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GP Week : Issue 125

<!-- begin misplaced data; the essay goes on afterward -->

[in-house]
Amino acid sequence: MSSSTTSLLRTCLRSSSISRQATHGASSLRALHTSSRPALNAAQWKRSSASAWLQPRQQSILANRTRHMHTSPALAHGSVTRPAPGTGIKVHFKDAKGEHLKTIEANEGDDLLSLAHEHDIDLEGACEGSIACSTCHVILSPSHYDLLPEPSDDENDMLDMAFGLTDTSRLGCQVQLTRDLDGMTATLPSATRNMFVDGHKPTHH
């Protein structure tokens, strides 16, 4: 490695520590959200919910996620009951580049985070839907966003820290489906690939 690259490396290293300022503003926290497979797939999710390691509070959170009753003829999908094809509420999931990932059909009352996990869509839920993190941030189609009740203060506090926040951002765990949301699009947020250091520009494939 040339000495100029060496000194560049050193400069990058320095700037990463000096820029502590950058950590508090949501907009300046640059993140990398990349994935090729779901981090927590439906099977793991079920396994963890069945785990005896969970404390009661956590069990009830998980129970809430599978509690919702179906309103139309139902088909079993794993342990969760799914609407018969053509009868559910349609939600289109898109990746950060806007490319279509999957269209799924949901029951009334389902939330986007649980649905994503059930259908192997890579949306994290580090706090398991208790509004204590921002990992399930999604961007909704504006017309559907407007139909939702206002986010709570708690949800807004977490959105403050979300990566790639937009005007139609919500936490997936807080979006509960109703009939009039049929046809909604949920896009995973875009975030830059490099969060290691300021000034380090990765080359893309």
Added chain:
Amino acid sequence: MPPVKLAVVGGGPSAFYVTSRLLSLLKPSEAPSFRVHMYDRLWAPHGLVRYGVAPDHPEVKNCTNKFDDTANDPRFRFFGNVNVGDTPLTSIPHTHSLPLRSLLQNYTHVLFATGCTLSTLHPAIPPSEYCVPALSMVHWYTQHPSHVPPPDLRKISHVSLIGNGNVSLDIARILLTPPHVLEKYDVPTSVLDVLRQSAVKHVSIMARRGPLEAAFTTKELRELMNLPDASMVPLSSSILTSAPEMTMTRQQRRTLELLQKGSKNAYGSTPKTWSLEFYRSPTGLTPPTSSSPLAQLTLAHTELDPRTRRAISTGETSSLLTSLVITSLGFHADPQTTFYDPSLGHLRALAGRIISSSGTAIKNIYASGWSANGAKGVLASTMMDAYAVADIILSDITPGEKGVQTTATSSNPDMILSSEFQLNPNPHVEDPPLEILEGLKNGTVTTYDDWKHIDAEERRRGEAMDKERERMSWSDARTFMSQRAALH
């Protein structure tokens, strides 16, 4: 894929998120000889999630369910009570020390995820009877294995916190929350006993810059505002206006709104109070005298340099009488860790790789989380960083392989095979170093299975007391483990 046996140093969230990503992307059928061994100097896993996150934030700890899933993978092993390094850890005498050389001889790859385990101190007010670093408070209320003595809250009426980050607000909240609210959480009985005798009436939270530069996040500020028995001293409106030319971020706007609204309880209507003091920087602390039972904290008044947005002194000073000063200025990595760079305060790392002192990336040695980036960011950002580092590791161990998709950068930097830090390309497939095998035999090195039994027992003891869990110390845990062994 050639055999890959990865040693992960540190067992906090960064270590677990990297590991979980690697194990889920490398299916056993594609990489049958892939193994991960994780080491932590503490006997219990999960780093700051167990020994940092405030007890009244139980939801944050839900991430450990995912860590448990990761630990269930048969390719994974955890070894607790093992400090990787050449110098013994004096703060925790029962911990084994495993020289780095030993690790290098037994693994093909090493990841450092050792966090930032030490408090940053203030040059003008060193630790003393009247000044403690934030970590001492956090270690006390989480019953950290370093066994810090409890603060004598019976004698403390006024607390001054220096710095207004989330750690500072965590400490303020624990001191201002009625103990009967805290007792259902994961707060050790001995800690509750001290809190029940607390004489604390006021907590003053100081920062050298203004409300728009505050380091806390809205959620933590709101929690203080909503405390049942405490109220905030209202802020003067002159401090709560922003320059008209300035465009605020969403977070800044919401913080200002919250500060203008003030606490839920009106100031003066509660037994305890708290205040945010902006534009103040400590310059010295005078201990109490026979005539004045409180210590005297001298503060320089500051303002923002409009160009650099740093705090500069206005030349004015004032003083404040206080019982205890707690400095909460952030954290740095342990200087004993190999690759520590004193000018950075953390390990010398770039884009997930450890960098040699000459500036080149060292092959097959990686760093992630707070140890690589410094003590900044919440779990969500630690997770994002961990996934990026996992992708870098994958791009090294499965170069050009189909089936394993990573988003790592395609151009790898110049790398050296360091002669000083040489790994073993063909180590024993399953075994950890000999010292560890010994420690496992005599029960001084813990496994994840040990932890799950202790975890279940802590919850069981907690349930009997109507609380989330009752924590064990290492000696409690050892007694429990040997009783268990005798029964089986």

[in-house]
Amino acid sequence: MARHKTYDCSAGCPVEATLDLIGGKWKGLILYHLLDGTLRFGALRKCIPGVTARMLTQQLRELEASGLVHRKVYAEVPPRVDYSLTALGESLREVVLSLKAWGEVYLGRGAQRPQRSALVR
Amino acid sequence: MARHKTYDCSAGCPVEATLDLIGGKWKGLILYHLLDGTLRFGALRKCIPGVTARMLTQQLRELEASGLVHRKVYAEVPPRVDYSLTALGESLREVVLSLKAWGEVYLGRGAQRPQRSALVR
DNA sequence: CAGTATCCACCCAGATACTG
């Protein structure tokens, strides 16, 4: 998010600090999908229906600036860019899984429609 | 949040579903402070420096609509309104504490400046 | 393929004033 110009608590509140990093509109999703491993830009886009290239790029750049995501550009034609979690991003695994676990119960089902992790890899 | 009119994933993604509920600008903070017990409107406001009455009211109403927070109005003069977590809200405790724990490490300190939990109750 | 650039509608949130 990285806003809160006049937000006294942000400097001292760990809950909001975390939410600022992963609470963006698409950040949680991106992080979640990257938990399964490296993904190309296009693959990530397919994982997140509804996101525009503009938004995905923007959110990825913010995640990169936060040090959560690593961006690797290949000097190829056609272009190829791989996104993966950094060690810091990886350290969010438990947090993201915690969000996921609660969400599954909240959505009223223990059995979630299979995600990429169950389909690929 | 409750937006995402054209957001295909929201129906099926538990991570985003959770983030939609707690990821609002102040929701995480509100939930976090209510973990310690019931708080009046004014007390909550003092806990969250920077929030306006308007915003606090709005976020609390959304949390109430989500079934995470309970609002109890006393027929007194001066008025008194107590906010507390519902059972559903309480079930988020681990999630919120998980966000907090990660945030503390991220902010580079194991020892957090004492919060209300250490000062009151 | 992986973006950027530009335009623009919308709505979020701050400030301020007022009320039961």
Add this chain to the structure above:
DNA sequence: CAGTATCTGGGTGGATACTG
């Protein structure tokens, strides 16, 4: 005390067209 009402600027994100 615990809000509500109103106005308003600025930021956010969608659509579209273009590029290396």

CASEY Stoner has said he will refuse to go the Japanese GP, rescheduled for October 2, no matter what the result of a special report commissioned on the riders’ behalf by Dorna. “I will not go,” said Stoner, at the post- qualifying Press conference. “ That’s my opinion. I’ve had it for some time, but I’ve not said so before,” he said. Jorge Lorenzo, a leading light in the ‘No’ campaign, said: “I made this decision a long time ago.” Of the front-row qualifiers, only Dani Pedrosa was equivocal: “A lot of riders don’t want to go, but the situation there is not so clear,” he said; while Rossi, speaking after the race, said: “I am very happy that Casey and Jorge are so clear. For me it is better we don’t go ... but I will wait until next week, speak with the other riders, then report. I don’t want to take a very clear position now.” The situation has escalated as the rescheduled race approaches. It was postponed from the original April 24 date after the catastrophic earthquake and tsumami in March. The riders’ fears were triggered by the failure of the Fukushima nuclear plant, where workers are still battling to control the situation, and there is a 30km exclusion zone round the crippled plant. Other reports have suggested radiation danger up to 120 km from Fukushima, and the Motegi circuit is approximately 110 km away. At Mugello all the MotoGP riders except for Japan’s Aoyama signed a petition stating their objection to visiting Japan and requesting an independent report on the risks. But Stoner and Lorenzo said they would not wait for the report, whether positive or negative. Asked if it was not a contradiction, as they were still wearing “With you Japan” stickers on their bikes and had offered verbal support. “I don’t see it as a contraction,” said Stoner; while Lorenzo said: “If we don’t go, nothing will be different in Japan. Going there is not a real support.” Stoner said he had discussed his decision with Honda, “but not thoroughly”; but the move brings them into direct contention with their Japanese employers. If the race is cancelled as a result of the riders’ refusal, it will trigger a daisy chain of broken contracts and potential law suits: riders with teams, teams with IRTA, IRTA with Dorna and Dorna with the Motegi organisers. “ The contracts can only be broken through force majeure,” said Dorna CEO Carmelo Ezpeleta. “ The riders asked for an independent report and we have commissioned one. We get the results at the end of July, and make a final decision on the race then. I believe that some of the riders who signed the petition will go to Japan.” IRTA president Hervé Poncharal earned a round of applause when he said: “If all the lights are green, we must supply riders for the race. We can replace riders if necessary. Each team needs to make a decision with their riders. “I think this situation shows a lack of respect for the Japanese people, and for the race organisers. Japan has done a lot for motorcycle racing, and now they are suffering. We should show respect, not only by selling signed T- shirts or stickers.” DANI Pedrosa was criticised by race direction after he approached them at Mugello to demand a greater punishment for his Le Mans assailant Marco Simoncelli. “He should forget it now and move on,” said race director Paul Butler. Like many people, he recalled the 2006 incident at Estoril, where Pedrosa had lost it under brakes and taken down his own team-mate Nicky Hayden, almost costing the American the World Championship. But the rider insisted his position was fully justified. Asked what was the difference, he said: “It is quite clear. “ The difference is that in 10 or 11 years, I made one mistake. He did it so many times that I lost count on my fingers. “Also, I lost control and crashed into Nicky. Simoncelli did not lose control, but he crashed into me.” Asked if he agreed, Hayden said: “One difference is they weren’t team-mates going for the World Championship ...” Motegi: Confrontation looms as Stoner and Lorenzo say no Pedrosa v Simoncelli Part IV ... 16